Sarawak – an inclusive tourist destination

Sarawak is a destination unlike any other. With its vast rainforests, stunning landscapes, and rich indigenous cultures, the Land of the Hornbills offers a unique travel experience for all, including Muslim travellers.

According to Sharzede Datu Salleh Askor, chief executive officer of the Sarawak Tourism Board (STB), the state tourism has been focusing on five pillars: culture, adventure, nature, food and festival.

“These five pillars are the main thrusts we have been using to position tourism in Sarawak, since 2018. With 31 ethnic groups, Sarawak boasts abundant cultural diversity, festivals, and delicious food,” said Sharzede.

“Additionally, the adventure and nature found in Sarawak are truly gifts from God. We are responsible for leveraging these natural wonders to promote Sarawak as a destination.”

Sarawak is also one of the most sought-after destinations for medical tourism due to its affordable, high-quality healthcare services.

Sharzede noted that Malaysia had effectively positioned itself as a Muslim-friendly destination, thanks to its diverse population. She added that this was beneficial, as it allowed the country to appeal to those seeking Muslim-friendly experiences and a broader audience.

“In Sarawak, we strive to be inclusive and ensure that our facilities cater to the halal market and Muslim tourists.

“Understanding that being Muslim-friendly does not mean excluding other groups, is essential. We should be receptive to the needs of all visitors.

“If our target market is Middle Eastern tourists, we must prepare accordingly by understanding their preferences and needs. Knowing your market and tailoring your approach to attract and retain them is essential.

“In the past, this segment grew organically. Now, we are focusing on tapping into the Middle Eastern market. We are excited to collaborate with the Islamic Tourism Centre (ITC) and others to gain a deeper understanding of this market and prepare ourselves accordingly,” said Sharzede.

She highlighted the importance of maintaining consistency in attracting the desired market. She noted that the state actively participated in expos such as the Dubai Expo and the Arabian Travel Market (ATM) to ensure continued visibility in the Middle Eastern travel market.

With approximately 30 per cent of the population in Sarawak being Muslim, Sharzede believes that the state has what it takes to be the ideal Muslim-friendly destination. The state already has the necessary facilities, mosques, and the availability of halal food, and it just needs to enhance these offerings to tap further into the Muslim tourist market.

“You can see how diverse the Muslim community is in Sarawak and how they integrate with other ethnic groups. For those who wish to experience the culture of Sarawak with a Muslim element, I believe this is a great way to do so.”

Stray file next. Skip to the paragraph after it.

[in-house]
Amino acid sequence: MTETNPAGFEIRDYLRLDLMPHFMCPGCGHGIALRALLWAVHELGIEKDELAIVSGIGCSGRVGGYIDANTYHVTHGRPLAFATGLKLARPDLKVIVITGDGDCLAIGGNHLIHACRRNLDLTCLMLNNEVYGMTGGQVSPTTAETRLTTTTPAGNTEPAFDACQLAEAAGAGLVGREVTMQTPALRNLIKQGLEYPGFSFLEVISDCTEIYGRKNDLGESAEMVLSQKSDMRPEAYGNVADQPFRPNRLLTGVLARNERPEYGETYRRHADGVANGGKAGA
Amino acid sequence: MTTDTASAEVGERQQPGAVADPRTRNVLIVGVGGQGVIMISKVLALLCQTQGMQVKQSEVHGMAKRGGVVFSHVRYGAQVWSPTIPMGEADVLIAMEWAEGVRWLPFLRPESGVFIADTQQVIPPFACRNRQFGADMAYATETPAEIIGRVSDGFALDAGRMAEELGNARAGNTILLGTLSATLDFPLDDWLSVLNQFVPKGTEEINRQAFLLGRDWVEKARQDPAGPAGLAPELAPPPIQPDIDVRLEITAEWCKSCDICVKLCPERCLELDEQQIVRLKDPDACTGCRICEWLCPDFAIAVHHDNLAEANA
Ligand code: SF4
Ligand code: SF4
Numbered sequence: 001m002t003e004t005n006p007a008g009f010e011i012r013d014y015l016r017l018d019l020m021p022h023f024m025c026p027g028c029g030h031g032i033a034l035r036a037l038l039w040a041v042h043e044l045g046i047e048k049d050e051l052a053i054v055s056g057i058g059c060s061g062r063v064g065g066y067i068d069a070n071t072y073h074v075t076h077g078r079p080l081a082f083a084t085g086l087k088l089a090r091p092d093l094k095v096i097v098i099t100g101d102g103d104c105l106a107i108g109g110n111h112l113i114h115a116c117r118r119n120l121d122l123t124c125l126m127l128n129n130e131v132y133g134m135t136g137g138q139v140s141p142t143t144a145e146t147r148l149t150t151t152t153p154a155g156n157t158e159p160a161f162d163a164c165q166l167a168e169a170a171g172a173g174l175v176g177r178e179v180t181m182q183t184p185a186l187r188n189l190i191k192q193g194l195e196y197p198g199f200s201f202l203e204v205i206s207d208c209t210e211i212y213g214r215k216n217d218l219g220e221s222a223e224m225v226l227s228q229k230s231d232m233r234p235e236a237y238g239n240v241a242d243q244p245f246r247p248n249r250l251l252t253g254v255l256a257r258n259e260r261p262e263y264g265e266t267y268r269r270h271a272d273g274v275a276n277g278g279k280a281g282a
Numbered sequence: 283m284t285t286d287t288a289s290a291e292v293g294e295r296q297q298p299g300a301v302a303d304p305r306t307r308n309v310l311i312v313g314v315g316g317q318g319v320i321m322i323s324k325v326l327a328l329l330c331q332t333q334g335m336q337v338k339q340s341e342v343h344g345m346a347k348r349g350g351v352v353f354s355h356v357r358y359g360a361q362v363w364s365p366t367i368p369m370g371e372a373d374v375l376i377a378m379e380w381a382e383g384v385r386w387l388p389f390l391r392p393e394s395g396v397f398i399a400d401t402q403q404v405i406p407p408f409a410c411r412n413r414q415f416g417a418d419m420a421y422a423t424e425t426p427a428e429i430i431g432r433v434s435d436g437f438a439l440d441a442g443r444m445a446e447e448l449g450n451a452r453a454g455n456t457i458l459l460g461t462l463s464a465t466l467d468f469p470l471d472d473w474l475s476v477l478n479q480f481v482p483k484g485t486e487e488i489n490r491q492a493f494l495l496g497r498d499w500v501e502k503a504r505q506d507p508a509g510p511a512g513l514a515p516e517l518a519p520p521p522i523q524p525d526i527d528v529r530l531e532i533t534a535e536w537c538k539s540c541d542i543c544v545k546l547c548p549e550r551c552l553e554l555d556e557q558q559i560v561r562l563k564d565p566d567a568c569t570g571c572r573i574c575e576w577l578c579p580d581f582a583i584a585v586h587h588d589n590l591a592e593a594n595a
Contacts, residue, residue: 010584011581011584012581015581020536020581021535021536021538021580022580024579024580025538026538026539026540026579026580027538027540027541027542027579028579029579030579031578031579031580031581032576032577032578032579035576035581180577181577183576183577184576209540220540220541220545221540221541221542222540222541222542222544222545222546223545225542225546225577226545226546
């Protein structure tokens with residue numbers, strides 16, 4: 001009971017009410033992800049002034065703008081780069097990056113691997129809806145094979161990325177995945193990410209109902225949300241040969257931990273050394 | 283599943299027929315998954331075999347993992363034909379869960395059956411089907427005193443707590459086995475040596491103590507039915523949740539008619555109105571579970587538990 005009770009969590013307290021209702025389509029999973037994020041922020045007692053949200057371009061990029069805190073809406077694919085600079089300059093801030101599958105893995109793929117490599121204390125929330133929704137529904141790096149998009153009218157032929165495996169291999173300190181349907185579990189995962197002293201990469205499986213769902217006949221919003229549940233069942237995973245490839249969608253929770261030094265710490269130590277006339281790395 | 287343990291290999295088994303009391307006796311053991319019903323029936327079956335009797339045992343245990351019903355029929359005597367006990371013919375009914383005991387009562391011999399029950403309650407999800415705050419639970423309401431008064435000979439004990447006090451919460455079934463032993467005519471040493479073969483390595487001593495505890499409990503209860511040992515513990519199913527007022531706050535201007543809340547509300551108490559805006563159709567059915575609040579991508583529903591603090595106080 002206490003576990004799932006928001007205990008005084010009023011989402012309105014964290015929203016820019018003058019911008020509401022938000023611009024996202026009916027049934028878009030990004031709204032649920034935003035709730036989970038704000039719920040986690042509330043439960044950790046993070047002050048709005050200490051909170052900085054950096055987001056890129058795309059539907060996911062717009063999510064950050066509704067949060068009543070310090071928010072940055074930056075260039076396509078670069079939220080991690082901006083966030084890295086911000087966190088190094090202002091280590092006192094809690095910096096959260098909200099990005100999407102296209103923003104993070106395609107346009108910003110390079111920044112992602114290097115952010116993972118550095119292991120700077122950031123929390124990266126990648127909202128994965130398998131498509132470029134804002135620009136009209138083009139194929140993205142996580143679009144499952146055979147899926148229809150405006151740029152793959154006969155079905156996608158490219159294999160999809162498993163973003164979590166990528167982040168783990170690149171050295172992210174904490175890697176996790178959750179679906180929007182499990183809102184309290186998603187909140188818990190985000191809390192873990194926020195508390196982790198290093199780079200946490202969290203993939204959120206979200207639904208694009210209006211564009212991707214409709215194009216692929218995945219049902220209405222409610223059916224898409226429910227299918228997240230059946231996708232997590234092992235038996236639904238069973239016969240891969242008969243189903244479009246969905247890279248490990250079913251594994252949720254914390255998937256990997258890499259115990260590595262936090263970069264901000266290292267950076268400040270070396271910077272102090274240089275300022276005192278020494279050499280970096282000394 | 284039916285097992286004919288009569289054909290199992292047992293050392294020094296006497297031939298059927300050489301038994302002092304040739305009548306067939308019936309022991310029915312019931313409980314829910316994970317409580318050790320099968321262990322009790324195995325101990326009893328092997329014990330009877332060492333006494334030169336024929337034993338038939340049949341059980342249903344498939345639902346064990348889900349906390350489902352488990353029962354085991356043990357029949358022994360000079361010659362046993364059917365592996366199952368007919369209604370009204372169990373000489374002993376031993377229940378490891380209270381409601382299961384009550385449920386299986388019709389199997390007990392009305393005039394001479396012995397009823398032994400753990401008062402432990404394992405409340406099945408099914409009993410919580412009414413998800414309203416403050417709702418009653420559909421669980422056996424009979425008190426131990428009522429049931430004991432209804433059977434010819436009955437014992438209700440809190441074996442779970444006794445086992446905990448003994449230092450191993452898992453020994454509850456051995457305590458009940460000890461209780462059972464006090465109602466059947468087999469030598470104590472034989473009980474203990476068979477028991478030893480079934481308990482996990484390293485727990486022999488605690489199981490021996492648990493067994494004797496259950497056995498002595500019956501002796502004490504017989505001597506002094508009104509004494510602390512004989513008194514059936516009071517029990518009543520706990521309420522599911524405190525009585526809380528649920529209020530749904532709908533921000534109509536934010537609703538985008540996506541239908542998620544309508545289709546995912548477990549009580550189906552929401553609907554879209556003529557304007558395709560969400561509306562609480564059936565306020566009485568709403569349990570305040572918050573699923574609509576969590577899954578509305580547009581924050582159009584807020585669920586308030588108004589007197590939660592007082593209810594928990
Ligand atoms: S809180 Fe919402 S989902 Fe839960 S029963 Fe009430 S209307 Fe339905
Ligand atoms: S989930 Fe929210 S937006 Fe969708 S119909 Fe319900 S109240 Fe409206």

She revealed that seven hotels in Sarawak received the Muslim-Friendly Accommodation Recognition (MFAR) certificate from ITC. They are, the Waterfront Hotel, Kuching; Hilton Kuching; Riverside Majestic (Astana), Kuching; Riverside Majestic (Puteri), Kuching; Grand Margherita, Kuching; Pullman Hotel, Kuching; and Pullman Hotel, Miri.

Sharzede mentioned that while the Middle Eastern market in Sarawak might not be huge, Malaysia has had healthy growth, overall.

She further explained that Sarawak was embarking on a catalytic initiative to make Kuching an Umrah gateway, which is why it is the right time to tap into the Middle Eastern market.

“Yes, Umrah and the Middle Eastern market are distinct markets, but by venturing into this area, we can make our presence felt. Our Kuching Umrah Gateway initiative will commence this year. However, the limited aircraft availability has caused a slight delay in the launch.

“InsyaAllah, we will be starting the initiative this year. When it starts, we will bring thousands of people for Umrah from Kuching to Madinah or Jeddah. Our strategy involves offering tour packages that include a Muslim-friendly tour in Sarawak, where passengers can stay in Kuching before or after their tour.”

Sharzede highlighted that the Kuching Umrah Gateway initiative will help boost the economy as it would involve state industry players. The focus will also be on welcoming Muslim tourists from Kalimantan and other parts of Indonesia.

“The potential market for this initiative is huge, and we are optimistic that it will attract more direct flights to Sarawak,” she added. However, direct connectivity remains a significant challenge for Sarawak, despite it being the largest state in Malaysia. –  Rest&Rehlah

Tagged with: